On Tuesday afternoon the Zuiderdam’s Staff Captain made an announcement asking for anyone with a blood donor card. A+ or O- who was willing to donate blood to help a critically ill passenger to come to the front desk. That critically ill passenger was me.
Within half an hour 37 people had come forward. The Staff Captain visited me in the ship’s hospital the next morning to tell me about the response. He also spoke to a group of retired servicemen telling them that this was beyond precedent. Blood donors on the ship are limited to people under 70 years of age and this is a world cruise full of people over 70.
That evening I got two transfusions that may have saved my life. My problem was internal bleeding over a period of time. My hemoglobin had fallen to dangerously low levels (Normal for a man is 13 to 16, I was at 6.) The ship’s hospital is designed to treat the normal range of ailments. It has limited diagnostic and surgical facilities, but they can keep you alive.
A long cruise builds a sense of community and that community proved itself this week in the middle of the Indian Ocean, days from land. People rallied around Suzi with offers to help her pack and around me with prayers. Some of the donors showed up at my ship hospital room to tell me that they made the donation, some wish to remain anonymous. I appreciate you all, and the medical staff on Zuiderdam.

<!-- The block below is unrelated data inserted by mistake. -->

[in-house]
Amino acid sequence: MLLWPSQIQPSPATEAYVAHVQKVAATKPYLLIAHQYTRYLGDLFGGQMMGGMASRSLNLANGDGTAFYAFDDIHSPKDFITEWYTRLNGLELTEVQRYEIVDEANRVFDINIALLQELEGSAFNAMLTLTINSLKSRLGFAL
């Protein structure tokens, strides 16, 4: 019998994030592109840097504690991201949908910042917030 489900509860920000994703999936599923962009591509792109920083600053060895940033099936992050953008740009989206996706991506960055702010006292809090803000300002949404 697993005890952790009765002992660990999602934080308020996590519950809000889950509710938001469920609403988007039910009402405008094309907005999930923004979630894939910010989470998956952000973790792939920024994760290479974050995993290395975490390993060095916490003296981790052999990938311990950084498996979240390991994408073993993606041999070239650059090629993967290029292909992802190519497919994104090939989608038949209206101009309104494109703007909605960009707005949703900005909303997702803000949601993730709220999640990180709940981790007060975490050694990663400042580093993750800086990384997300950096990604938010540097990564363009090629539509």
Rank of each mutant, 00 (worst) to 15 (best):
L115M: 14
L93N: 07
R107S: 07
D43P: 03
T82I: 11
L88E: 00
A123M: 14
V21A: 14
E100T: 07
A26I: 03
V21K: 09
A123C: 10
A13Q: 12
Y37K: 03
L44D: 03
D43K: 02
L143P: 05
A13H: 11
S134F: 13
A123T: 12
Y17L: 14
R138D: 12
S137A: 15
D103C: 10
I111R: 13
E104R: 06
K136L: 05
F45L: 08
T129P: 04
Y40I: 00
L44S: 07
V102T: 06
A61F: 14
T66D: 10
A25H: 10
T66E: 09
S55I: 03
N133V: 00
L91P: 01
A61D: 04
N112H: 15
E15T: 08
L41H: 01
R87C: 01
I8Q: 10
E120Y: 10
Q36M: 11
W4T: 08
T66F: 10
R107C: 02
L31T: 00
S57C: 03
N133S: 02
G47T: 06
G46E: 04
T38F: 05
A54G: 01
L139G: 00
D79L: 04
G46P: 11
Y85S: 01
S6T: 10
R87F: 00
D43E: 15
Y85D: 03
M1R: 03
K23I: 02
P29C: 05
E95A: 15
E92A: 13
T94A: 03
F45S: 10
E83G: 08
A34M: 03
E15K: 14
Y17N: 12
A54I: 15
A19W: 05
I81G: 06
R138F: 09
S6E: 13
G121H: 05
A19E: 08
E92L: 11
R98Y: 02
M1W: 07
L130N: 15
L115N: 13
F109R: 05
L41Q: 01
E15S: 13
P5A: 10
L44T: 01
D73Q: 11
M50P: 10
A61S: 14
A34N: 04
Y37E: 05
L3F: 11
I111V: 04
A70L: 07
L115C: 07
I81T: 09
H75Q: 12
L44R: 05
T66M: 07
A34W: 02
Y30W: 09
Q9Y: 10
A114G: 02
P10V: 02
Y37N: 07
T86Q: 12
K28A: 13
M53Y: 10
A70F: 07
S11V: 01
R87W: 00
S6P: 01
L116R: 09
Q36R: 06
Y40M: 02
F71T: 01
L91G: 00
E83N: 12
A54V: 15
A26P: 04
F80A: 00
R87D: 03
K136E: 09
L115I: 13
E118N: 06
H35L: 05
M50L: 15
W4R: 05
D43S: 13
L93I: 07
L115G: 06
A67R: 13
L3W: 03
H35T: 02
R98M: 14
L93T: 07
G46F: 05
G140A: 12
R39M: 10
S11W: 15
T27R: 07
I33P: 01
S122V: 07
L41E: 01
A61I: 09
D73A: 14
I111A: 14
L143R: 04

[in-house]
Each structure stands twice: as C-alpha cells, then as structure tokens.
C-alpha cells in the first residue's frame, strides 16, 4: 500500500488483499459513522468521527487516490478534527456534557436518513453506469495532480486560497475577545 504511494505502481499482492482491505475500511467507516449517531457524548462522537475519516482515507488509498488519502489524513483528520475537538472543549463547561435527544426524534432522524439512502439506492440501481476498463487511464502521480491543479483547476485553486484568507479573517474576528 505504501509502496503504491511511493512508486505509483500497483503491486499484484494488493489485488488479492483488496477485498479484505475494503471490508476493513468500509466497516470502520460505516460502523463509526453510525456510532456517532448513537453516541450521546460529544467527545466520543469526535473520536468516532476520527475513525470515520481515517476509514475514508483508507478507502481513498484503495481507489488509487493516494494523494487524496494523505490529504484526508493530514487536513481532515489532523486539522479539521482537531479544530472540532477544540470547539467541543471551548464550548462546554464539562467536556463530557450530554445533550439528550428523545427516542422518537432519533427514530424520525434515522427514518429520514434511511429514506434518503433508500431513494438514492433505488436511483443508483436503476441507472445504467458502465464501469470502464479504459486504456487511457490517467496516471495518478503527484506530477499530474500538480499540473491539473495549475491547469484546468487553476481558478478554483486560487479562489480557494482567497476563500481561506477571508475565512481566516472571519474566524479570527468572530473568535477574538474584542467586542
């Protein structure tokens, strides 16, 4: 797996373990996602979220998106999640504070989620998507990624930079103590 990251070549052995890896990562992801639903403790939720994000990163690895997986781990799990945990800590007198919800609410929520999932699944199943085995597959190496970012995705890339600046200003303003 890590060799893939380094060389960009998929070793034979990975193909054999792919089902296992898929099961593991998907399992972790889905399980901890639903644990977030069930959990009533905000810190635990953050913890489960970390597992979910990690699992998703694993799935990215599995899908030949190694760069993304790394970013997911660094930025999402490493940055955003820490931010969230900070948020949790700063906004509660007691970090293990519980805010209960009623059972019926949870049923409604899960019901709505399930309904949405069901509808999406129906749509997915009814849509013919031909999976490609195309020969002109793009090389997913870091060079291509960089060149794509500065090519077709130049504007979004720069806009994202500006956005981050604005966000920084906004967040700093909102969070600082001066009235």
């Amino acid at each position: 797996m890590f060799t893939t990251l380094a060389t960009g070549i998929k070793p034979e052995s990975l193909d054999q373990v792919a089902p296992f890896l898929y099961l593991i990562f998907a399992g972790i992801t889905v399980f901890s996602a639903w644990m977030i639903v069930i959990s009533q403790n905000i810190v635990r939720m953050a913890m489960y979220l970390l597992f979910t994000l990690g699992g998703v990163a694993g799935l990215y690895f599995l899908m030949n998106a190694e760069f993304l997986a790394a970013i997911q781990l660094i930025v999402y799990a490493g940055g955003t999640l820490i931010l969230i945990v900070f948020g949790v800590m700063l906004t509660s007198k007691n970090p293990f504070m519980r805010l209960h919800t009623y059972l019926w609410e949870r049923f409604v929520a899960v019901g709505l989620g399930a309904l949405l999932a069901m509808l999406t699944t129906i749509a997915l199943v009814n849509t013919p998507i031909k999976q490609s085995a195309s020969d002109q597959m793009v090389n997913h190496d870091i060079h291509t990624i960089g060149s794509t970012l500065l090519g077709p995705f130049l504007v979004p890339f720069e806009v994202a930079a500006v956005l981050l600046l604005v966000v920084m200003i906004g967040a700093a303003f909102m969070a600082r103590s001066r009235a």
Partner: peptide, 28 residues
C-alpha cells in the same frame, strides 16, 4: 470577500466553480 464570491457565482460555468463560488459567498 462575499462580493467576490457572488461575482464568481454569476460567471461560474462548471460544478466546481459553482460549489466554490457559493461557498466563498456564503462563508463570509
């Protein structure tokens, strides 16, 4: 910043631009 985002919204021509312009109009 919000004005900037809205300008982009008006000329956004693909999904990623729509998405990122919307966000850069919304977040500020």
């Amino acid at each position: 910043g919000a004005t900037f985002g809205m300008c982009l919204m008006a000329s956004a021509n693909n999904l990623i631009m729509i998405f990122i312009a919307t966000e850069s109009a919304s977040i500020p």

On Thursday morning an ambulance crew from Port Louis, Mauritius, arrived in the Deck A hospital, loaded me onto a gurney and we started out the gangway. It was hot outside and since the ambulance (or perhaps the paperwork) was not ready they hauled me back onto the ship so I would not be lying on a gurney in the morning sun. Paperwork done, Suzi climbed into the ambulance with me, a couple of bags of unused blood, packed in ice. I found good use for them in the next day. Our bags went to the port agent’s car, and we were off on a bumpy ride, sirens wailing, for probably the most unique tour of this port of call.
I am on my third day in the ICU of City Clinic in Port Louis. I will write about my hospital experience later when I have more energy, the treatment here is good. This the first day I could sit up and do some typing.
As of the evening of March 5 my hemoglobin is up to 9, still not good enough to fly in a high altitude atmosphere but much better It is the first day that I have not had IV tubes sticking from my hands, limiting my typing ability. The tubes are still there for further use but for now I am tethered to nothing except by bonds of friendship and appreciation. Thanks for the prayers, the support and the blood.